Pass the damn repeal

PASS THE DAMN REPEAL…. The Washington Post reports this morning that the White House hosted a private meeting on Friday with some leading advocates of repealing the “Don’t Ask, Don’t Tell” policy. Officials, according to the report, were optimistic, “saying that Defense Secretary Robert M. Gates and Joint Chiefs of Staff Chairman Mike Mullen would not have testified this past week if they did not believe the bill could reach Obama’s desk before January.”

It appears the pieces are in place, or at least very close. This week’s report from the Pentagon prompted two Republican “moderates” — Maine’s Susan Collins and Massachusetts’ Scott Brown — to announce their support for repeal (though both said tax cuts have to come first). Rumor has it those wouldn’t be the only two GOP votes.

With this legislative landscape in mind, I suspect Greg Sargent’s impatience, which I strongly endorse, is a common sentiment on the left.

Now that Republicans have successfully filibustered Obama’s plan to continue tax cuts for everyone but the wealthiest Americans, the only way Dems can walk out of the lame duck session with a genuine victory is to repeal don’t Ask Don’t Tell. So it’s good to see that White House officials are still privately signaling that a vote is likely to happen.

Getting Republicans to agree to a vote on New START, while hugely important, wouldn’t count as winning something. It has been endorsed by a whole range of GOP foreign policy experts and former officials. It should be a no-brainer. Repealing DADT is the only remaining way this year for Dems to remind their supporters that they are still capable of winning, that there’s a reason to elect Democrats, and that Dems aren’t pathologically predisposed to getting rolled in the name of “compromise.”

Just do it. No nonsense about the calendar. No excuses about GOP obstructionism. Make it happen.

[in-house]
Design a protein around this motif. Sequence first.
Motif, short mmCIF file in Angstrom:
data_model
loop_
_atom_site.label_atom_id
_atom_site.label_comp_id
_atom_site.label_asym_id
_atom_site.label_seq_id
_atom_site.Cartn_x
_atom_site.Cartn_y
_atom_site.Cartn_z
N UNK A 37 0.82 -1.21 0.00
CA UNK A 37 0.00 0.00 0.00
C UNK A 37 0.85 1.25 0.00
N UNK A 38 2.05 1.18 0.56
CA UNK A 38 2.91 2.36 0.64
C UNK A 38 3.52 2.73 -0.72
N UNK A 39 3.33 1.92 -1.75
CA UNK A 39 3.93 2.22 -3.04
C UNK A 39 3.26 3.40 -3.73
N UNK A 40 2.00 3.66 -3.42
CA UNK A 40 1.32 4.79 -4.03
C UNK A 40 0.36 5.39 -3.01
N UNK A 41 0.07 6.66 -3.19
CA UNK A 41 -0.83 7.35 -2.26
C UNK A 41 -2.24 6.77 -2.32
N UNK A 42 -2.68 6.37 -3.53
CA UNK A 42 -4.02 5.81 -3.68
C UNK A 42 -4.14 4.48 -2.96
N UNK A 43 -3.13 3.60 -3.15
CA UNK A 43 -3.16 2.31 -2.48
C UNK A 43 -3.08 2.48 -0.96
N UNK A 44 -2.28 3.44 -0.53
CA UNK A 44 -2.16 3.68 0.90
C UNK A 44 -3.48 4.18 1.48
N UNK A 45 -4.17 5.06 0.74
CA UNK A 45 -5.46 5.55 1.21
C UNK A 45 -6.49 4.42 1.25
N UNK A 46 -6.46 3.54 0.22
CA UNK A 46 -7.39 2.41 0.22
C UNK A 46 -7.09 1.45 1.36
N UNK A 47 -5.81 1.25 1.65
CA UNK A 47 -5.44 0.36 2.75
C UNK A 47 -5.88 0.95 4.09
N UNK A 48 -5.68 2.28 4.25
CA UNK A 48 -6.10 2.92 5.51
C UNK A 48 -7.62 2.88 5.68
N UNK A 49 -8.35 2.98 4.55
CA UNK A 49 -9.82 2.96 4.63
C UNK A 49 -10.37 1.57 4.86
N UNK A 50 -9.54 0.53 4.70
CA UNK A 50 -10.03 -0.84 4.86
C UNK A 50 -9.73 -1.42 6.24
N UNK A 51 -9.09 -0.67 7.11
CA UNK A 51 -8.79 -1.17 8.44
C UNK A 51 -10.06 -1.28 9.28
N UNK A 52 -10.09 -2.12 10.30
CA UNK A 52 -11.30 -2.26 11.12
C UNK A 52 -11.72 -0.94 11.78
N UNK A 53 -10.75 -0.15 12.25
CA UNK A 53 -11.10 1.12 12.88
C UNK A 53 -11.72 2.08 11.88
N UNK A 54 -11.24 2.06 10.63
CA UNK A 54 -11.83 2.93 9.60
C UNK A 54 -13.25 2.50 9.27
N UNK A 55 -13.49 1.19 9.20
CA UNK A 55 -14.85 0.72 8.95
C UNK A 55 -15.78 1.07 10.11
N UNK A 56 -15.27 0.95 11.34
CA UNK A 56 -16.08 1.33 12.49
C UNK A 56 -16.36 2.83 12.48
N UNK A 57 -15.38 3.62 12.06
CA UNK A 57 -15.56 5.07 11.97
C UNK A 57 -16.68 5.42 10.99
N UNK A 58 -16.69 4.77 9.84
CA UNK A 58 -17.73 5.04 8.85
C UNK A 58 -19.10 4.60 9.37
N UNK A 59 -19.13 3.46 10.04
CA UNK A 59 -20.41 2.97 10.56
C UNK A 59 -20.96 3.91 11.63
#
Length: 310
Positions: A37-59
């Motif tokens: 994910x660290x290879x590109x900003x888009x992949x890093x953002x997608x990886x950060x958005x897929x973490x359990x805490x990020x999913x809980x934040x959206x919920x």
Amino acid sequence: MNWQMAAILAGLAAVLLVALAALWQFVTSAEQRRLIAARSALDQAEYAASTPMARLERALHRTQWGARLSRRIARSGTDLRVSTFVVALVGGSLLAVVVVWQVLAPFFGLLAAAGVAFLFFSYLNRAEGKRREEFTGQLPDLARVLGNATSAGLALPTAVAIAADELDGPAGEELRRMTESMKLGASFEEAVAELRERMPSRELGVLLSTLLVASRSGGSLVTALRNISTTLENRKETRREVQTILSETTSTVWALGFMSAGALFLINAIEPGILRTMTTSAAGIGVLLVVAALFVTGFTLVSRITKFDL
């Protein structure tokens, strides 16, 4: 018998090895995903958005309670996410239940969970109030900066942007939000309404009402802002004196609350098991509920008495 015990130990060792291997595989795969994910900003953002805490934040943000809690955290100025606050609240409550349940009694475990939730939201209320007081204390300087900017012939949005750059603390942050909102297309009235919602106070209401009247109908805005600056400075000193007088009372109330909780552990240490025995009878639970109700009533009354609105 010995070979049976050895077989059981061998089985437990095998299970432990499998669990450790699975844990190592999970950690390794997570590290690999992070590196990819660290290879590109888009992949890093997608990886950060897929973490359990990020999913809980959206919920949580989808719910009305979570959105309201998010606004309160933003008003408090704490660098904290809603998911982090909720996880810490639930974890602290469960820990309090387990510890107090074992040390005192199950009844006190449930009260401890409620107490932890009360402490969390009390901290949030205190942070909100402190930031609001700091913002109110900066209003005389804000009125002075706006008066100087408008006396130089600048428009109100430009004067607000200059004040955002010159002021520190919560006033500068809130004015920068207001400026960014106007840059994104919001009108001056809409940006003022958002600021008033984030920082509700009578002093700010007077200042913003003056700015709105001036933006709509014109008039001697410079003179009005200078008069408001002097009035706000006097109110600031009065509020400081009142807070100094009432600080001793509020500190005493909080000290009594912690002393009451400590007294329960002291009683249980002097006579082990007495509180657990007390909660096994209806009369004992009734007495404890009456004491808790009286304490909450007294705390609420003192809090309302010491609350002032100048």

Now, I suspect if Harry Reid were to read that, he’d say to himself, “Easy for you to say. ‘Make it happen’ is tougher in this Senate than it sounds.”

I don’t mean to sound unsympathetic. If the plan is to wrap up the lame-duck session once and for all on Dec. 17, Reid and the Democratic leadership have to pray the tax policy dispute is resolved very quickly, which in turn would (hopefully) lead Republicans to drop their hostage strategy. The Senate effectively has this week and next to pass a tax deal, a bill to fund the government, ratify New START, and bring DADT repeal, the DREAM Act, the corrected food-safety bill, and several other items to the floor.

More than a few repeal advocates are concerned that scrapping “Don’t Ask, Don’t Tell” may be the one thing that gets left out with so little time remaining. And though I’m sure folks get tired of seeing me write this, it’s worth reemphasizing once more that, unlike some other measures, if DADT repeal fails this month, it’s very likely Congress won’t even consider it again until 2013, if not even later.

My suggestion, for what it’s worth, is to forget about the scheduled completion date of Dec. 17. Reid has raised the specter of working the week of Dec. 20, and if he announces his plans to do so, it might loosen up some Republican stalling tactics — since they’d like to go home sooner rather than later.

If the goal is to squeeze a whole lot of work into two weeks, some important measures will fail. So why not add a third week? Senators could still be home for Christmas, and Reid wouldn’t have to tell his own allies, “We could have gotten repeal done, but senators wanted another week off for vacation, so U.S. troops will have to continue having their rights denied for a few more years.”